BRMCA FAQ’s

Frequently (and infrequently) Asked Questions about Bull Run Mountain and BRMCA

  • What is the Bull Run Mountain Civic Association?
    • The BRMCA is a 501(c)(4) established by the original developer of Bull Run Mountain Estates in 1968 to operate recreational facilities subsidized by the developer. The membership built the clubhouse and other facilities including a basketball/tennis court, a swimming pool and a picnic area. When the developer ceased operations in the late 1980’s and early 1990’s, the platted road rights-of-way throughout the entire development, the fire pond and certain other properties were deeded over to the BRMCA.
  • Is there a copy of the document that lays out the relationship between the BRMCA and the County Service District relative to the roads generally contained within the Bull Run Mountain Service District?
  • What are the differences between BRMCA members and non-members?
    • The BRMCA is a private non-profit organization whose administrative costs must be generated through dues, along with clubhouse rental revenue.
    • Residents who feel it is part of their civic duty to support the BRMCA’s efforts on their behalf voluntarily pay the $50 annual dues. About 100 mountain residents financially support the BRMCA. The Board greatly appreciates their contribution as it keeps the lights on.
    • Residents who become members by paying the annual dues by April 1 of each year receive a 30% discount off a one-day personal-use clubhouse rental. 
    • The dues are used to pay insurance and utilities on the clubhouse, pay for the annual newsletters which are mailed to all mountain residents, not just members, and pay legal expenses. The dues also go to fund improvements on the clubhouse. For instance, we put a new roof on and new heating system in the clubhouse in 2014.
    • Being a member or non-member has no influence on the recommendations of the  roads committee. The county maintenance statistics which have been confirmed across multiple county offices show that BRMCA membership does not equal priority road maintenance or expedited snow removal.
  • Who are the BRMCA Directors?
    • The nine BRMCA Directors are mountain residents who have volunteered their time to serve their community. Directors serve three-year terms and each year, three of the nine positions go open for election.
  • Is the Roads Committee only open to BRMCA members?
    • No, the monthly meeting is open to all residents, regardless of affiliation with the BRMCA.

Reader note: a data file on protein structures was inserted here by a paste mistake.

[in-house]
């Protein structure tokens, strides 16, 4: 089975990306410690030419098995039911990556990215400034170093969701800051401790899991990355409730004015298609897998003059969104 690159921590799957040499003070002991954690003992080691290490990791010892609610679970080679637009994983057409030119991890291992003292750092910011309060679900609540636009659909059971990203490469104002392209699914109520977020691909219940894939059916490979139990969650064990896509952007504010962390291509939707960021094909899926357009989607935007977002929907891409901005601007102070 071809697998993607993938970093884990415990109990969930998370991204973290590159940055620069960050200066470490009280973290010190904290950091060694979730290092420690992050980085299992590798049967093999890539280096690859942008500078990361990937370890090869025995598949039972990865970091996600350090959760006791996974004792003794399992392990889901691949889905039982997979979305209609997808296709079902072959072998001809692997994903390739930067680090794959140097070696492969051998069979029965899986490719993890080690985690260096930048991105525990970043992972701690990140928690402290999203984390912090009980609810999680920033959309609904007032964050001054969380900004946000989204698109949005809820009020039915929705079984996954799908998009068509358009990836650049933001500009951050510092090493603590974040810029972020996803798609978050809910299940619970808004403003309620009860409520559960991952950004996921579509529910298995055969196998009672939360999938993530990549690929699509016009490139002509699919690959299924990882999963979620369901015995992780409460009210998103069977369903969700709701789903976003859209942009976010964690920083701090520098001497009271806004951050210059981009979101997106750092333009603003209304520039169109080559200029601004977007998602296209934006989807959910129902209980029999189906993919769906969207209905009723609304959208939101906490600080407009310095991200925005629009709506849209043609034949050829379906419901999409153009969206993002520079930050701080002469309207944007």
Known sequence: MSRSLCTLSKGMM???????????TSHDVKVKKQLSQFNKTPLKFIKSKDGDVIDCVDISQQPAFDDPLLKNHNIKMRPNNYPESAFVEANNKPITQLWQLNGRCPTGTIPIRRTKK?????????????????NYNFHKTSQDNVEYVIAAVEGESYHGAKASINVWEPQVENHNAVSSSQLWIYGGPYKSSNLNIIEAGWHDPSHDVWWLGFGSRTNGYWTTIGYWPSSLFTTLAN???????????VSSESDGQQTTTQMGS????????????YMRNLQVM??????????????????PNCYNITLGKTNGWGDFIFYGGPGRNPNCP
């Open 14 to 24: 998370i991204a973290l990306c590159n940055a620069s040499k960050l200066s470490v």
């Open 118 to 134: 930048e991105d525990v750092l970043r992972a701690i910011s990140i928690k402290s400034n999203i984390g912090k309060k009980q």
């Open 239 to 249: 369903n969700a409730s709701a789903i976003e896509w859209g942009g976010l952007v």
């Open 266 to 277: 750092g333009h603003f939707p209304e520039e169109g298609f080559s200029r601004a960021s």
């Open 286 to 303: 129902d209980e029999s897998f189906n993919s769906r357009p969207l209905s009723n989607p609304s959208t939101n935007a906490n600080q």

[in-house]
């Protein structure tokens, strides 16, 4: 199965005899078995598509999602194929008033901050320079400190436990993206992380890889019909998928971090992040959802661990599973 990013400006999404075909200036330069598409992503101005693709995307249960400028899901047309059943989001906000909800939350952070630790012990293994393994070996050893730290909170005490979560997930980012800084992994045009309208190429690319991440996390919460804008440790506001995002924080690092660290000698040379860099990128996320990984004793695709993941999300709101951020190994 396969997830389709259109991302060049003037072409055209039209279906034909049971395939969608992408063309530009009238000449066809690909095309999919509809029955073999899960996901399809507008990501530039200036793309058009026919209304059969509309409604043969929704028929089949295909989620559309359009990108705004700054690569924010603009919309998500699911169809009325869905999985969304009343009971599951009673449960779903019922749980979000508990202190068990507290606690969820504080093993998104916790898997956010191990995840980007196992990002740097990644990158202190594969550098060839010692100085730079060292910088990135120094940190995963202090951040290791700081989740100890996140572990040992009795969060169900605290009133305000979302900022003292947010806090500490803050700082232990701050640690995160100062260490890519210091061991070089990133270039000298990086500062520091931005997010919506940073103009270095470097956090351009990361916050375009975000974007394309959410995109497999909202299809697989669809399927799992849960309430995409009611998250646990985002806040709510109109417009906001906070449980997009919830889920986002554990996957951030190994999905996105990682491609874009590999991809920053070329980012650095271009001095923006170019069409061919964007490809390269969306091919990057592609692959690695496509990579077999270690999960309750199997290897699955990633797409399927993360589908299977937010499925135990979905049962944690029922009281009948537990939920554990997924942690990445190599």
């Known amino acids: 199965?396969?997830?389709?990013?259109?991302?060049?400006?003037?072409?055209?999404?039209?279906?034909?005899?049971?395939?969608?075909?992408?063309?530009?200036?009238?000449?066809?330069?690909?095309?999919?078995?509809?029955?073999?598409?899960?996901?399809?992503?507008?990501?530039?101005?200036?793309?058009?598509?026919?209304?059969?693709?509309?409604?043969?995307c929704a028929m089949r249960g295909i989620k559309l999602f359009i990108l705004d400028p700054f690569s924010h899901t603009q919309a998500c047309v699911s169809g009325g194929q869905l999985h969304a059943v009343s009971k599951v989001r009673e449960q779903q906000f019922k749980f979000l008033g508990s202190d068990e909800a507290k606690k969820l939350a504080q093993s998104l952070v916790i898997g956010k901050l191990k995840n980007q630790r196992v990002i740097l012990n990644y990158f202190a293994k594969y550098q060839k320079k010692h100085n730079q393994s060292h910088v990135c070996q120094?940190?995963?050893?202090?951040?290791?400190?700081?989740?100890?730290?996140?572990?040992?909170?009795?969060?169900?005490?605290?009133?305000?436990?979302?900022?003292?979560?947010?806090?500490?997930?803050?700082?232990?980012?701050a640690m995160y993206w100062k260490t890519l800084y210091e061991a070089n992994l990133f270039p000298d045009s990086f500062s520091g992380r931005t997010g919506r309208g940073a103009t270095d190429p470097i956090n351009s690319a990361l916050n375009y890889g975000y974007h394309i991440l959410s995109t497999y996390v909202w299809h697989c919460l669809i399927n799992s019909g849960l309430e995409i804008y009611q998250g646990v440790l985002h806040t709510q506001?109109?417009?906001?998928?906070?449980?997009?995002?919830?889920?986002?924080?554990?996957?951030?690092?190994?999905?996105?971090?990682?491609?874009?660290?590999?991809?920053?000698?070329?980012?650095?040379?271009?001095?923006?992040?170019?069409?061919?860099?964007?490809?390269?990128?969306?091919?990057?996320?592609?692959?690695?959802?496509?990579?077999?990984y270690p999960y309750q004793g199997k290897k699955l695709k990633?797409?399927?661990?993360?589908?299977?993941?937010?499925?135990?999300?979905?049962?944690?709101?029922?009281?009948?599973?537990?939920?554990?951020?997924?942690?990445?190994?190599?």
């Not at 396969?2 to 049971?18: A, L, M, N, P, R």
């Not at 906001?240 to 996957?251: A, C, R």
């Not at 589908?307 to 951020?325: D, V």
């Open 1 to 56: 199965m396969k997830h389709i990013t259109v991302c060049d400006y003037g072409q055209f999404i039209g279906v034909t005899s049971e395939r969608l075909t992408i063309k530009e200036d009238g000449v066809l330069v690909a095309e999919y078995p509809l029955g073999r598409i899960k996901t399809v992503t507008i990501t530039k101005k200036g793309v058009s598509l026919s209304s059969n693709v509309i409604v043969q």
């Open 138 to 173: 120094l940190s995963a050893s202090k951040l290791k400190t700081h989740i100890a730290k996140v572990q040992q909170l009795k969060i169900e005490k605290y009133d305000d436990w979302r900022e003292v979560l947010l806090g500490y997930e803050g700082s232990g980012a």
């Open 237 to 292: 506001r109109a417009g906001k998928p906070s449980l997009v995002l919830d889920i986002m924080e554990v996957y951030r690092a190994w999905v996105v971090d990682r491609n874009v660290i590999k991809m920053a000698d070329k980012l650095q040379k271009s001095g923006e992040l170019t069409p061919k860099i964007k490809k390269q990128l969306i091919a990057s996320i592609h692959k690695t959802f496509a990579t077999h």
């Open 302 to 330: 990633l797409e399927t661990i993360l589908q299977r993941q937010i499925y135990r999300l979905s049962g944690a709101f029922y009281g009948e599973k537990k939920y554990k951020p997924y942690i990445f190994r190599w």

• Currently we meet on the third Monday of every month at 7:00 p.m. at the clubhouse, unless there are holidays or other conflicts which require a change in date. The meeting dates are published on the BRMCA.net web site calendar.
  • Is the monthly BRMCA meeting only open to BRMCA members?
    • No, the monthly meeting is open to all residents, regardless of affiliation with the BRMCA.
    • Currently we meet on the third Sunday of every month at 11:30 at the clubhouse, unless there are holidays or other conflicts which require a change in date. The meeting dates are published on the web site.
  • Who is responsible for setting the annual service district levy which pays for all roads maintenance?
    • This is set by the Prince William County Board of Supervisors annually. The BRMCA has no role in setting the service district levy.
  • Who is responsible for maintaining the roads on the mountain, and plowing them?
    • The County. The BRMCA has a long-term agreement with the Bull Run Mountain Service District and the Prince William County Department of Public Works. DPW is responsible for all roads maintenance. They hire contractors to do the work. The BRMCA is explicitly prohibited by the agreement from performing any maintenance on the roads without approval from the county.
  • Who hires the contractor?
    • Public Works selects the contractor through normal county competitive bid processes. The BRMCA is not involved in hiring the roads contractors.
  • Who does the contractor work for?
    • The Prince William County Public Works office.
  • Who pays the contractor?
    • The county. The roads coordinator does review the invoices with the county, as he is often the on-scene representative when the work is being done. But final payment approval and authority resides with Public Works.
  • What is the relationship between PW Public Works and the BRMCA?
    • The BRMCA does not set the roads maintenance policy. Rather, we make whole-of-community road maintenance and snow removal recommendations to the office of Public Works, who selects the maintenance and snow contractors, issues the task orders, pays the contractors, and has the final decision on how our community tax levy is allocated.
  • How does the BRMCA develop their road maintenance recommendations?
    • The Roads Committee POC typically drives the mountain roads four to six times a year and takes notes on the condition of the roadway and potential road maintenance items. The BRMCA and any residents in attendance during the monthly board meeting discuss the prioritization of our recommendation to the county through the lens of value. Value in this case refers to the number of residents served and the improvement in safety afforded by each road fix. The road maintenance budget, both total and remaining FY funds, are also taken into account. We also receive suggestions from residents, which are integrated into our recommendation to the county. All suggestions from residents, regardless of where the topic falls within our recommendation list, is forwarded to the office of Public Works.